Meet our Digital and Editorial intern, Andrea Nelson!
What brings you to Lerner?
During my undergraduate studies, I served as a managing editor for the University of Minnesota’s undergraduate art and literary magazine, Ivory Tower (now The Tower) and as an editorial intern at Graywolf Press. These experiences strengthened my desire to pursue editorial positions in publishing. However, I also wanted to gain skills that would help me to innovate and promote reading in new ways. Enter Lerner.
Lerner’s associate editor-in-chief, Vicki Liestman, contacted me about the hybrid digital/editorial internship and I was immediately intrigued. The responsibilities included the editorial aspects that I already knew I loved, as well as a new component—digital creation—that would help me broaden my skill base. I had done an informational interview over the summer, so I was familiar with the company and its excellent reputation as a major children’s publisher. It was a no-brainer to come on board.
Describe a day in the life of an intern.
I work in both the digital and editorial departments at Lerner, and split my time evenly between the two. In the mornings, I work on digital projects such as constructing eBooks, creating activities for interactive books, and checking to make sure that all of our digital content meets our quality standards. Usually this means I am listening to audiobooks or reading our eBooks on e-readers. I love this part of my job because I get to see and familiarize myself with every product in a season.
In the afternoon, I move over to editorial work. My tasks include fact-checking manuscripts, building indexes and style sheets, and conducting research for potential bibliographic sources, authors, and consultants for our titles. Because Lerner has numerous brands, imprints, and markets, each title brings unique challenges in terms of leveling and content.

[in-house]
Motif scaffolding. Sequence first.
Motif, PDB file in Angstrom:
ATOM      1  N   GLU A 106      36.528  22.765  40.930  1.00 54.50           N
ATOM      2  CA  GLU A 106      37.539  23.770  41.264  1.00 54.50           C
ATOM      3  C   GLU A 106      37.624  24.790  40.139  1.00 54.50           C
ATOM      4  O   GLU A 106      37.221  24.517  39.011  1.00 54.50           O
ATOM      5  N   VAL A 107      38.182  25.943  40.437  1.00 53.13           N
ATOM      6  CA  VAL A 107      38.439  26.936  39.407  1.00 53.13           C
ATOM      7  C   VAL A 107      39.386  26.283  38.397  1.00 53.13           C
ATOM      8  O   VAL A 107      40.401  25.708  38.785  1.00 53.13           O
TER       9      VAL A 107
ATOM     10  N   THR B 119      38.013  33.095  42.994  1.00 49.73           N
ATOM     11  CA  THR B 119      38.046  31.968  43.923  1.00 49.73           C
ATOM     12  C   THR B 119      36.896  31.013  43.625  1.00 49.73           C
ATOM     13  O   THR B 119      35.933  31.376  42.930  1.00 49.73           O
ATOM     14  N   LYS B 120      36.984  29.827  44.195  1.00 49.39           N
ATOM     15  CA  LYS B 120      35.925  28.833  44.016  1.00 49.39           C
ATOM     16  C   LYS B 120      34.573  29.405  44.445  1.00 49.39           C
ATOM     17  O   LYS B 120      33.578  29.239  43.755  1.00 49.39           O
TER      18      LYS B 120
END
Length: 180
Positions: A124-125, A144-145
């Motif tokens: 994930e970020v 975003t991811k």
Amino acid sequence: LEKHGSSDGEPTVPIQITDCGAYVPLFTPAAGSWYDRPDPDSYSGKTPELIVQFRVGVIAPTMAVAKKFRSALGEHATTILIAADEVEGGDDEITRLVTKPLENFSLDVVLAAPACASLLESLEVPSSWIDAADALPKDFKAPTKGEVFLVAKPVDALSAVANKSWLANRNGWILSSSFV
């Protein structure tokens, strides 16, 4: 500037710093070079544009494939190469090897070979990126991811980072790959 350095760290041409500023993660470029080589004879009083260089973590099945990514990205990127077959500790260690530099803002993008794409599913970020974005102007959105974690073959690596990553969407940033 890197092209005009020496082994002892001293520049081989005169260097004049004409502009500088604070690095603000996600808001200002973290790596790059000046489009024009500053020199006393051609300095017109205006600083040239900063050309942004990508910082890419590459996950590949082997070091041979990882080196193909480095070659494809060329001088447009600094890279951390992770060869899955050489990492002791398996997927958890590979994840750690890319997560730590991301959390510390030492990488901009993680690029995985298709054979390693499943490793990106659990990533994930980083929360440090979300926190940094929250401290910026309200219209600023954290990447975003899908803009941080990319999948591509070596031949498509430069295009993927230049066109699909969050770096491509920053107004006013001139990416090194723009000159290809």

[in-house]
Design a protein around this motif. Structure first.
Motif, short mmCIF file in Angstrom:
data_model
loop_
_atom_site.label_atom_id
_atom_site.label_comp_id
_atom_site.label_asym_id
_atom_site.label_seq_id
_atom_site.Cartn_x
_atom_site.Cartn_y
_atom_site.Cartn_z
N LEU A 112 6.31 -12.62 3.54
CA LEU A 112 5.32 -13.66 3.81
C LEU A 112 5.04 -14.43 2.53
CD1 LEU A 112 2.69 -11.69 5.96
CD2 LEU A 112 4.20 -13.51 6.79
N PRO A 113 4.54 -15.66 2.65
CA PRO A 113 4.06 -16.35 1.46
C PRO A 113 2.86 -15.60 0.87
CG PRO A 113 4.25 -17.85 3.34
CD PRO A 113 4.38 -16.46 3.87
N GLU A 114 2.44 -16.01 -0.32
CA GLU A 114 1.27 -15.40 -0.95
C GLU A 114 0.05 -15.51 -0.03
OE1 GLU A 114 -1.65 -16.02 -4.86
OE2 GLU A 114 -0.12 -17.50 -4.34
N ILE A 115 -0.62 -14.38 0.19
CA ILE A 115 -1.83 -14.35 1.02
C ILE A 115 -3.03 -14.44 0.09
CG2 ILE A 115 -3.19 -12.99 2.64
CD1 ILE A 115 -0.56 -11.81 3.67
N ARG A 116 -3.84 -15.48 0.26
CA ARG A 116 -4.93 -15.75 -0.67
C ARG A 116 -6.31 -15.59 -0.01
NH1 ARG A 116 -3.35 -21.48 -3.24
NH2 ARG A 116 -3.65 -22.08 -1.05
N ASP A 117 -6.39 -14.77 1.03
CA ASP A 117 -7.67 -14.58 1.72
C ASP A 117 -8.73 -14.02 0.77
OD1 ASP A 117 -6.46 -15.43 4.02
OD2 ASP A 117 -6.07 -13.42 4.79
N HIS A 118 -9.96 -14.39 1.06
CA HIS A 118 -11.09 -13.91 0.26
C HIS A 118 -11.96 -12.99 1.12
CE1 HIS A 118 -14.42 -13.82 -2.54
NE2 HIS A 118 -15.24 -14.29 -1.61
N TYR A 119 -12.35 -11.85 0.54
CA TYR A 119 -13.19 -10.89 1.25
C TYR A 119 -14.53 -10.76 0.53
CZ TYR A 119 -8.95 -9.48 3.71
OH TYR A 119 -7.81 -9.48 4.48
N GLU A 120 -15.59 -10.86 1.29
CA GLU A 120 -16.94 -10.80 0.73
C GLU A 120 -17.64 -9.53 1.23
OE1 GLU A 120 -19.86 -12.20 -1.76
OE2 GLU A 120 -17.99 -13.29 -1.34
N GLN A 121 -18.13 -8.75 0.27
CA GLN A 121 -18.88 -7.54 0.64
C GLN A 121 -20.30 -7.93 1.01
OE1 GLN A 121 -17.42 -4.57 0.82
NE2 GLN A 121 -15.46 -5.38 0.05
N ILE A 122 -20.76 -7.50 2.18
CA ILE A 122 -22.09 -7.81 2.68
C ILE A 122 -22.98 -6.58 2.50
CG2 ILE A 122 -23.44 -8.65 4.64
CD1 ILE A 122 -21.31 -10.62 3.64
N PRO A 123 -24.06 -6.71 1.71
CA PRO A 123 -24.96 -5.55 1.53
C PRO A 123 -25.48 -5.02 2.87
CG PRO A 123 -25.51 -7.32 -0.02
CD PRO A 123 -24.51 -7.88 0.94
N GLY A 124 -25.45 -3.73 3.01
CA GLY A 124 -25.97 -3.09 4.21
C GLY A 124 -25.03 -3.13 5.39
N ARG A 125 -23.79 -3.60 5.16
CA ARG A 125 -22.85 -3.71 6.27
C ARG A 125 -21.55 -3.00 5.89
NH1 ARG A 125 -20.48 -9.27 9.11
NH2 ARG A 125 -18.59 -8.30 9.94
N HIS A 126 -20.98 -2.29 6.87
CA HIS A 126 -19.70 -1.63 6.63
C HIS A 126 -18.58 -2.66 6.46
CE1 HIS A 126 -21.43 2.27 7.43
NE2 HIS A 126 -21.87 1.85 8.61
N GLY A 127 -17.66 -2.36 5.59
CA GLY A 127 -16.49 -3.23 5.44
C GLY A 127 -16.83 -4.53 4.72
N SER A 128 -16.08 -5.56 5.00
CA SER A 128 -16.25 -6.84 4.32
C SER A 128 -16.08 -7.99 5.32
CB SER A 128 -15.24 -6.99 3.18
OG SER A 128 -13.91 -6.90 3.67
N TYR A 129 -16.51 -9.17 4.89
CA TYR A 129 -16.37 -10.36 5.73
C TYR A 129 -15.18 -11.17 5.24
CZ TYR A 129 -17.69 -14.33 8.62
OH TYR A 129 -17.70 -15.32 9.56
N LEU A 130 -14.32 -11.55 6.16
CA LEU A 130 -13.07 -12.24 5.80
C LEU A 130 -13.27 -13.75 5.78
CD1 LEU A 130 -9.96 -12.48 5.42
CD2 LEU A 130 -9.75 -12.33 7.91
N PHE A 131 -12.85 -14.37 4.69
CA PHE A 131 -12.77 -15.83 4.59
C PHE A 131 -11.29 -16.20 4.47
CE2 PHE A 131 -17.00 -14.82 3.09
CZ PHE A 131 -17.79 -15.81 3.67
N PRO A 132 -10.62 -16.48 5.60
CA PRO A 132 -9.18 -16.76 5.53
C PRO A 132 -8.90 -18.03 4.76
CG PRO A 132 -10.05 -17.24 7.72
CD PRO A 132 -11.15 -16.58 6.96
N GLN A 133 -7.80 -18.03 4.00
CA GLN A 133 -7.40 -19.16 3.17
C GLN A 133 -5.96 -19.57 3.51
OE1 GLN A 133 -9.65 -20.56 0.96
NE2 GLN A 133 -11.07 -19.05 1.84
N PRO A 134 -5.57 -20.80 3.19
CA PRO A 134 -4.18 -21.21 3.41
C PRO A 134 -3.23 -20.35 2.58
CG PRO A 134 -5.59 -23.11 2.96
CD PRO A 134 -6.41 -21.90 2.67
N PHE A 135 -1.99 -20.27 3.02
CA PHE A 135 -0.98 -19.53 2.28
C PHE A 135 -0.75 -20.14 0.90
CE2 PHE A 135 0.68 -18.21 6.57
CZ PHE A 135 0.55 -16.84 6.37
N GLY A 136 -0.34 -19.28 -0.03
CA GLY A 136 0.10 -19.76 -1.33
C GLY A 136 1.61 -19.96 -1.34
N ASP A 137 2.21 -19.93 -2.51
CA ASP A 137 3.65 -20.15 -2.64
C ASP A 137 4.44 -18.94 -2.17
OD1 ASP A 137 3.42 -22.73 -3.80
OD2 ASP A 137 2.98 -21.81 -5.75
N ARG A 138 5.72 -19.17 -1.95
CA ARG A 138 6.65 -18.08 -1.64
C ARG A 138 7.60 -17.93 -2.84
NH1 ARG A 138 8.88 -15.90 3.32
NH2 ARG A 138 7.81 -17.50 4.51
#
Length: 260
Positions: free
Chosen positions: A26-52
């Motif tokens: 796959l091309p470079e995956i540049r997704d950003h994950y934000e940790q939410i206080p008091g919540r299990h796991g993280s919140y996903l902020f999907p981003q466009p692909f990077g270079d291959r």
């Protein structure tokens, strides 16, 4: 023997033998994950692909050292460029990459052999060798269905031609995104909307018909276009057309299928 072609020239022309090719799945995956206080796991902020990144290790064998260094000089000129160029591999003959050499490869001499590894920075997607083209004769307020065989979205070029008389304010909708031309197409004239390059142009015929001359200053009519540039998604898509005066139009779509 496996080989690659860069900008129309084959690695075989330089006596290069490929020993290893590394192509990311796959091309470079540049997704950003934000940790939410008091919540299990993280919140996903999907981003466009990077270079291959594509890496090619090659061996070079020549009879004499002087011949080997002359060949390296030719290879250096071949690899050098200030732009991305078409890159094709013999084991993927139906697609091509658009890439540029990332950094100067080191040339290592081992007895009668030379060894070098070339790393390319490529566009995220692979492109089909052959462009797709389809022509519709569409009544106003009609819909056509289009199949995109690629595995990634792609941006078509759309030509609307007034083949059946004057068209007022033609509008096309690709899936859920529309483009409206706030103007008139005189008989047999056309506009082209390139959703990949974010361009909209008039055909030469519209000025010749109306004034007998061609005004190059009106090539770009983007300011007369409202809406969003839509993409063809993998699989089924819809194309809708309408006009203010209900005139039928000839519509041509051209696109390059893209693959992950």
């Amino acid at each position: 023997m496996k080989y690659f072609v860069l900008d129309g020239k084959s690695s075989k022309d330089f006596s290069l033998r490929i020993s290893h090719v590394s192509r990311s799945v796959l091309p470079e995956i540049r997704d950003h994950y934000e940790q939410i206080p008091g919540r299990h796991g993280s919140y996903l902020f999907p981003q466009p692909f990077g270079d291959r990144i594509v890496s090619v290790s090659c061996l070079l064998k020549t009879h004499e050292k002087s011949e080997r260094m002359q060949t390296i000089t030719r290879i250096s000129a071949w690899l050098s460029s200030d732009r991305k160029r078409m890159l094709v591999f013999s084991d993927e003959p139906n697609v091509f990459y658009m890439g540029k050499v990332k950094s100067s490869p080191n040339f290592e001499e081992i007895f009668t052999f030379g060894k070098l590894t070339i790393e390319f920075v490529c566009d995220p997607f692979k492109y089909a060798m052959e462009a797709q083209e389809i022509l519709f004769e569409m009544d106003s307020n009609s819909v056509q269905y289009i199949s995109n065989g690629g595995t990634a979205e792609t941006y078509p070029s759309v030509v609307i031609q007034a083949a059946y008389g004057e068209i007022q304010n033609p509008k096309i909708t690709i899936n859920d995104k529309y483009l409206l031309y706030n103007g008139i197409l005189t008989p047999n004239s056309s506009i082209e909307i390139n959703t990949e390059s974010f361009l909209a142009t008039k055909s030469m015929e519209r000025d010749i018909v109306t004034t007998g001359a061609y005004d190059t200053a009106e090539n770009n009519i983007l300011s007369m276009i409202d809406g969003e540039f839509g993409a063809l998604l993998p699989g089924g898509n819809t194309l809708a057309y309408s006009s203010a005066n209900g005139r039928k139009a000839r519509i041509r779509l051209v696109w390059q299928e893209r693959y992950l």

What are you reading now?
I’m reading The Lord of the Rings by J. R. R. Tolkien, as well as The Left Hand of Darkness by Ursula K. LeGuin. I don’t usually read sci-fi/fantasy books, but I’ve somehow found myself reading two of them simultaneously and I am thoroughly enjoying it. I’m also listening to the audiobook of The Red Tent by Anita Diamant.
What’s your best source for finding new book recommendations?
Luckily, I have surrounded myself with good recommenders. I work at a bookstore where at least one of my coworkers has read from each section of the store. I have my book club that focuses on social issues. I have my fellow editors at Paper Darts who share my passion for the bizarre and feminist. I have colleagues here at Lerner who have handed me books and simply said, “Read this, because I think you’ll like it.” And they were right!
I supplement this with podcasts and social media. The podcast that best matches my taste is “What Should I Read Next?” by Anne Bogel. She has one guest on the show who names three books they love and one they hate, and then she gives them three recommendations for new books to read. This format allows for a wide variety of tastes and does not simply depend on her own personal preferences. I’ve added tons of titles to my TBR from listening to “What Should I Read Next?” Publishers and bookstagram accounts are another great way to see what people in the book world are excited about—especially if a book has a beautiful or unique cover.
Name your top 5 favorite books.
The Song Poet by Kao Kalia Yang, The Secret History by Donna Tartt, Pride and Prejudice by Jane Austen, Her Body and Other Parties by Carmen Maria Machado, and Dandelion Wine by Ray Bradbury. (Of course, there are many, many more. But you made me choose five.)
Who do you admire and why?
I have a lot of respect for Malala Yousafzai and Emma Watson for their activism and advocacy supporting female empowerment.
In my mind, Margaret Atwood, Ann Patchett, and Barbara Kingsolver create a trifecta of women authors creating vibrantly imagined, women-centric stories. I’m a great admirer of their craft and often feel a strong connection to their characters.
If you could live anywhere in the world, where would you live and why?
Probably Italy. It has everything you could need: a beautiful Mediterranean landscape, more art and history than you can see in a lifetime, and sweet, sweet carbs.